New Delhi, May 7 (IANS): Authorizing the lawsuit brought by OCM Singapore Njord Holdings Hardrada Pte Ltd, the Delhi High Court granted an interim injunction restraining the developers of UAE-based Gulf Petrochem FZC from disposing of any of their movable or immovable assets, in connection with an alleged commercial fraud of more than 12 million dollars.
“As consolidated above, Plaintiffs have established a strong prima facie case in their favor and Defendants have failed to present a credible case of defense. Irreparable harm and harm would be caused to Plaintiffs, if the defendants had to dispose of their assets.Therefore, the balance of convenience requires that plaintiffs be granted an interim injunction,” Judge Amit Bansal said in an order passed on Friday.
The court also ordered the promoters of the defendant company – Prerit Goel, Manan Goel to disclose all their Indian and overseas bank account statements and details of movable and immovable assets within four weeks.
In the order, the court also specified the restriction of the property measuring 1 Bigha 12 Biswas located in the tax estate of Samalka Village, Tehsil Vasant Vihar, New Delhi.
According to the complainant Singapore-based shipping company, UAE-based Gulf Petrochem, which chartered its vessel “Torm Hardrada” on May 8, 2020.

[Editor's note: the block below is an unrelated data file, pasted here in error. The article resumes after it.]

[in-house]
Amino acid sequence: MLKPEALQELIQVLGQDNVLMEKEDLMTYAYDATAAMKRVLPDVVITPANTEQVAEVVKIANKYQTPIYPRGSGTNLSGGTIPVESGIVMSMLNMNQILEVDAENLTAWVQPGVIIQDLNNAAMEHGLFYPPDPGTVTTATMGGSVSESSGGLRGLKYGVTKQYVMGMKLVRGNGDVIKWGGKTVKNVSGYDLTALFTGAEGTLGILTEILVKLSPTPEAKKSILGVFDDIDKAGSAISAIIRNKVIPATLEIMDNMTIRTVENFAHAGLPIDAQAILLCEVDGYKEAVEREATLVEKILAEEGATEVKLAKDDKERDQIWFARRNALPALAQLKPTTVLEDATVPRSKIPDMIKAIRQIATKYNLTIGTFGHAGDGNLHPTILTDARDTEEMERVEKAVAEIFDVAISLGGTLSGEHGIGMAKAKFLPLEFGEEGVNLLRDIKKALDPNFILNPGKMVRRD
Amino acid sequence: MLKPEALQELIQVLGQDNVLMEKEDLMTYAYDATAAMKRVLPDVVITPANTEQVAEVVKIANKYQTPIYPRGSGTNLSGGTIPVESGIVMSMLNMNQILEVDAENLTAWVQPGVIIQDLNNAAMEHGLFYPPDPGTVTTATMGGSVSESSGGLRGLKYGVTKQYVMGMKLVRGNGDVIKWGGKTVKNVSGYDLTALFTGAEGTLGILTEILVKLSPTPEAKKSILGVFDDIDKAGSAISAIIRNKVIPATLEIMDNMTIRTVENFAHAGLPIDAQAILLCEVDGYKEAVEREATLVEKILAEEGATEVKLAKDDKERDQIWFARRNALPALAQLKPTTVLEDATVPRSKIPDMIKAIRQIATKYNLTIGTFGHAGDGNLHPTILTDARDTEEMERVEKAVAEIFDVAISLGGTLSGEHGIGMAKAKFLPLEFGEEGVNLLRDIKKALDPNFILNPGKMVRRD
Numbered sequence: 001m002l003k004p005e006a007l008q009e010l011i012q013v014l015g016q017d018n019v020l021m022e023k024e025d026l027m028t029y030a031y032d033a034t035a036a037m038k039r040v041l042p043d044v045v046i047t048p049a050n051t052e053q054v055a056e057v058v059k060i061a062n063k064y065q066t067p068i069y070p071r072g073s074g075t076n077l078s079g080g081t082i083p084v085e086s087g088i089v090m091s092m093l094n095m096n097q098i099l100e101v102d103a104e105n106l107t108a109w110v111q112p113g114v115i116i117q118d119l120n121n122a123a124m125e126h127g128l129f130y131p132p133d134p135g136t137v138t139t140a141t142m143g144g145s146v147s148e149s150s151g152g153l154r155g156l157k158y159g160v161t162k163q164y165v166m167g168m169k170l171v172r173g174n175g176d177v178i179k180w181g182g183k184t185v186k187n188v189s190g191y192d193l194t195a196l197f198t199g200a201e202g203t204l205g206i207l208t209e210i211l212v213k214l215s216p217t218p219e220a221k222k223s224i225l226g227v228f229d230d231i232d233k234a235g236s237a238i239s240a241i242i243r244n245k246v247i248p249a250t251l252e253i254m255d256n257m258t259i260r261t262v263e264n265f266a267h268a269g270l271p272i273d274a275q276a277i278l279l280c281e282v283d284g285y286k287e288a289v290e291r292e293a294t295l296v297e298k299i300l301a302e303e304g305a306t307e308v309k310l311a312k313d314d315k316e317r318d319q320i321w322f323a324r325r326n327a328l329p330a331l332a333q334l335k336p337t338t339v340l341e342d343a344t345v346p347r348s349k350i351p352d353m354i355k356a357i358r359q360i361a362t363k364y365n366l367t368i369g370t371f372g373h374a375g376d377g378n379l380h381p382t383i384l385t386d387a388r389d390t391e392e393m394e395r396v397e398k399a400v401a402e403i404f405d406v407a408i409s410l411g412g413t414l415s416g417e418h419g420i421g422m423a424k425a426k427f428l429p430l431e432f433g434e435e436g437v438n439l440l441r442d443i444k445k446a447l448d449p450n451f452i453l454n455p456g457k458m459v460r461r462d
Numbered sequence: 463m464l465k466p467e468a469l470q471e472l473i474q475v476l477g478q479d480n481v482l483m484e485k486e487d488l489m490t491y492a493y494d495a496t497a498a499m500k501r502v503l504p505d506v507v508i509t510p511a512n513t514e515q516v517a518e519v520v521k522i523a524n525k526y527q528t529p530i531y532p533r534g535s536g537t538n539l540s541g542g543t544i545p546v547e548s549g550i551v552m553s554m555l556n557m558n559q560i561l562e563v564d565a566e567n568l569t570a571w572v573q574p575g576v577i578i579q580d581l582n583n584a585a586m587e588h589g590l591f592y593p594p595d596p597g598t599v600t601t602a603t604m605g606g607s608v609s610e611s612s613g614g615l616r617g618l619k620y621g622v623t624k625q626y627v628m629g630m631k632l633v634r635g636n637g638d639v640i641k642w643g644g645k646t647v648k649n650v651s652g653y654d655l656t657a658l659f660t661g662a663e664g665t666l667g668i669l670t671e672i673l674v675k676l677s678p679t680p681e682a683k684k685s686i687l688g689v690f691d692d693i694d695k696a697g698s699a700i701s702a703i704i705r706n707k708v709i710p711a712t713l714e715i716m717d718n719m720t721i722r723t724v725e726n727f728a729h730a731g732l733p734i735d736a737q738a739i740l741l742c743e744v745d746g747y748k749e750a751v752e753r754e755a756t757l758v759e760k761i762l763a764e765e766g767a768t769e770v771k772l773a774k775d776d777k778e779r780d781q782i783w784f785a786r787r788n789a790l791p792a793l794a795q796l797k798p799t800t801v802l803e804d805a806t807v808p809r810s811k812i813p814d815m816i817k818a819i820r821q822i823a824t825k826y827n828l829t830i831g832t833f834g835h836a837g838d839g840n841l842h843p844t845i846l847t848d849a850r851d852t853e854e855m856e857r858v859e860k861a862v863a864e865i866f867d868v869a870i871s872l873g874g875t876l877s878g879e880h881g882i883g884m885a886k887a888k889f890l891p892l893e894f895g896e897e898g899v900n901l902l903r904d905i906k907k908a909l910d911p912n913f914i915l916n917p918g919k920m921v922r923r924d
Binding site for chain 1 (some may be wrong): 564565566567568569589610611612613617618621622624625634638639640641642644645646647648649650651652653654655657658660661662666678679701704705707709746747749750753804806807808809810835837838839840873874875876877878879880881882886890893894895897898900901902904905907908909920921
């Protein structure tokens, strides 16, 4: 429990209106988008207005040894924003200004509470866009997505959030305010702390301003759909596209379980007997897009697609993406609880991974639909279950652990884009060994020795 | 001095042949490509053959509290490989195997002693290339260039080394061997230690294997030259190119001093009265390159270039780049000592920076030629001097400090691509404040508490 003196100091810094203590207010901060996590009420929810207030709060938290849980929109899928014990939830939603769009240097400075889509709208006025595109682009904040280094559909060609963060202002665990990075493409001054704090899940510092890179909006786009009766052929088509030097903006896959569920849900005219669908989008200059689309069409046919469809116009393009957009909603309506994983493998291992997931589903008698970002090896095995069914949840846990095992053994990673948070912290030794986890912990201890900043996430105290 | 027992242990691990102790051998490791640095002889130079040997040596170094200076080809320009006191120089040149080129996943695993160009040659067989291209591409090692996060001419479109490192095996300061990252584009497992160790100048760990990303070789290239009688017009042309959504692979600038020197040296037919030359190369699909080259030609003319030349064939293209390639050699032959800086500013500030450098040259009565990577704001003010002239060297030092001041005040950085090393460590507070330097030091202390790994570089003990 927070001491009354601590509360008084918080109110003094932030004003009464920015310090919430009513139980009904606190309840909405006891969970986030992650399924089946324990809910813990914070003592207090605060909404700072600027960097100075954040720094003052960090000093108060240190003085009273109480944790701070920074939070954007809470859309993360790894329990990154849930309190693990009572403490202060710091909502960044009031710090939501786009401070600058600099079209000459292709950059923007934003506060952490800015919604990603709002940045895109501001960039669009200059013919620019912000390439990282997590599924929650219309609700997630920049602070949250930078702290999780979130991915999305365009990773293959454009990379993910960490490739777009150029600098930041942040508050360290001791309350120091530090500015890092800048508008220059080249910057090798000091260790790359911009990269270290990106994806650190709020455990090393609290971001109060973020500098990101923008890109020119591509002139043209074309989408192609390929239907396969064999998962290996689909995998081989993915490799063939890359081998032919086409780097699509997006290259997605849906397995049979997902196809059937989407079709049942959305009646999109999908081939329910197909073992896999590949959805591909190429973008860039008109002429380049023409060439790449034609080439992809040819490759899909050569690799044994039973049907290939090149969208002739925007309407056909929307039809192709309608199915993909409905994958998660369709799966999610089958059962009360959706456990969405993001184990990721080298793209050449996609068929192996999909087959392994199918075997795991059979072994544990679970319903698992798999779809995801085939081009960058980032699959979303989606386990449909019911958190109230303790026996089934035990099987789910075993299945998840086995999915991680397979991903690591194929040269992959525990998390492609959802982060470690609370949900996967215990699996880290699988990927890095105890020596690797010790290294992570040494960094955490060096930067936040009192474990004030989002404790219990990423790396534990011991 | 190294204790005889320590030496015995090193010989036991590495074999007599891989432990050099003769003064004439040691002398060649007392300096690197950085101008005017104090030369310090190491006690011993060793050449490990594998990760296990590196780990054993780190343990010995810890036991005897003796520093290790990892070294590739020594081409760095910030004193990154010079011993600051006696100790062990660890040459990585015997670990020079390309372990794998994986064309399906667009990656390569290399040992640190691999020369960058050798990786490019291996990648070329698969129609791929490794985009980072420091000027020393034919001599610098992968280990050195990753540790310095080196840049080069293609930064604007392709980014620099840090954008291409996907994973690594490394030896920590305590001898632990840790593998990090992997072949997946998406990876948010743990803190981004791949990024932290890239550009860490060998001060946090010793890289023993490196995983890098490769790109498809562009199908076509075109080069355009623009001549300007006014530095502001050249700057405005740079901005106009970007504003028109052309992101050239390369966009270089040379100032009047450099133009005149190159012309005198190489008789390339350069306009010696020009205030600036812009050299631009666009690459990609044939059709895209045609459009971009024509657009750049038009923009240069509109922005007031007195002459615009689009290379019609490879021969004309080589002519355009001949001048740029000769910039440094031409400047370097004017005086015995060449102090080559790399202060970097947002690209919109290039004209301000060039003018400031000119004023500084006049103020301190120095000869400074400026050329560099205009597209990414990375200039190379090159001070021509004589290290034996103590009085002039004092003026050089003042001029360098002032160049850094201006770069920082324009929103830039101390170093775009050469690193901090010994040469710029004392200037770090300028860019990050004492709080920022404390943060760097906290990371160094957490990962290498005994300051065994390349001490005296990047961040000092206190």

The Vessel loaded 40,533.05 metric tons of Jet Aviation Fuel and a bill of lading was issued by the master of the Vessel, which was made payable to Natixis, France, a French bank for delivery to Rotterdam.
On June 6, 2020, the defendant company Petrochem ordered the vessel to proceed to Fujairah, United Arab Emirates, and deliver the cargo to Vitol Bahrain EC to be delivered to the Port of Rotterdam. Although the defendant company received payment from the buyers, they failed to pay Natixis and misappropriated the sale proceeds. In the legal battle of Natixis, in order to mitigate their losses, the plaintiffs provided them on November 16, 2020 with a guarantee of USD 14,908,056 for the principal amount of the claim of USD 12,423,380 approximately Rs 95.6 crore of Indian money.
The Singaporean company argued that the defendants defrauded many other companies around the world in the same way by inducing shipping companies to deliver goods to other buyers without the production of original bills of lading based on a letter of indemnification (LoI) and subsequently fail to honor said LoI.
The court noted from the records that the defendant company’s website had an office/place of business in New Delhi, a stand which they later changed.
The bench held that the defendants had failed to demonstrate that the Court’s territorial jurisdiction was highly questionable or prima facie untenable.